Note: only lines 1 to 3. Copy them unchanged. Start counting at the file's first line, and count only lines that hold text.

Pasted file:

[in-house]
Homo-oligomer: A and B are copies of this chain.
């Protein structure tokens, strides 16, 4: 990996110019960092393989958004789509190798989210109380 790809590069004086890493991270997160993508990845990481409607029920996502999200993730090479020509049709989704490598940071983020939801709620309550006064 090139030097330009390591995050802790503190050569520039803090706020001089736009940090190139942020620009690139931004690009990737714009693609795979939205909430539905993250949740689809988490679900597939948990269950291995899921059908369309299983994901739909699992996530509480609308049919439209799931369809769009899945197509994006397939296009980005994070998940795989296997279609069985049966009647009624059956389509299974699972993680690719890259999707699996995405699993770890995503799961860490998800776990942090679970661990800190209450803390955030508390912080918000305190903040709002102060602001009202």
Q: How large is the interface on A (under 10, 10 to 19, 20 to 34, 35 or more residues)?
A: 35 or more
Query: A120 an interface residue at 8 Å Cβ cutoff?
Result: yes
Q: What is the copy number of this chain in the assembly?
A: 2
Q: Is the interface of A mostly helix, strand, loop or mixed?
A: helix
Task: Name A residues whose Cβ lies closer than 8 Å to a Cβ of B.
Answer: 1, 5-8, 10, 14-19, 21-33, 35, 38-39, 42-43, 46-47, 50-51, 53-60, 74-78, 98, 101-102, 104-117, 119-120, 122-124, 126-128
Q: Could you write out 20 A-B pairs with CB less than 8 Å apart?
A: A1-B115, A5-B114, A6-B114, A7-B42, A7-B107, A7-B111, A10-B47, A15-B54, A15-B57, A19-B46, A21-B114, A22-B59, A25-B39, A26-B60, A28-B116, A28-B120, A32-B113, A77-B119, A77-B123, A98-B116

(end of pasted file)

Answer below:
[in-house]
Homo-oligomer: A and B are copies of this chain.
């Protein structure tokens, strides 16, 4: 990996110019960092393989958004789509190798989210109380 790809590069004086890493991270997160993508990845990481409607029920996502999200993730090479020509049709989704490598940071983020939801709620309550006064 090139030097330009390591995050802790503190050569520039803090706020001089736009940090190139942020620009690139931004690009990737714009693609795979939205909430539905993250949740689809988490679900597939948990269950291995899921059908369309299983994901739909699992996530509480609308049919439209799931369809769009899945197509994006397939296009980005994070998940795989296997279609069985049966009647009624059956389509299974699972993680690719890259999707699996995405699993770890995503799961860490998800776990942090679970661990800190209450803390955030508390912080918000305190903040709002102060602001009202």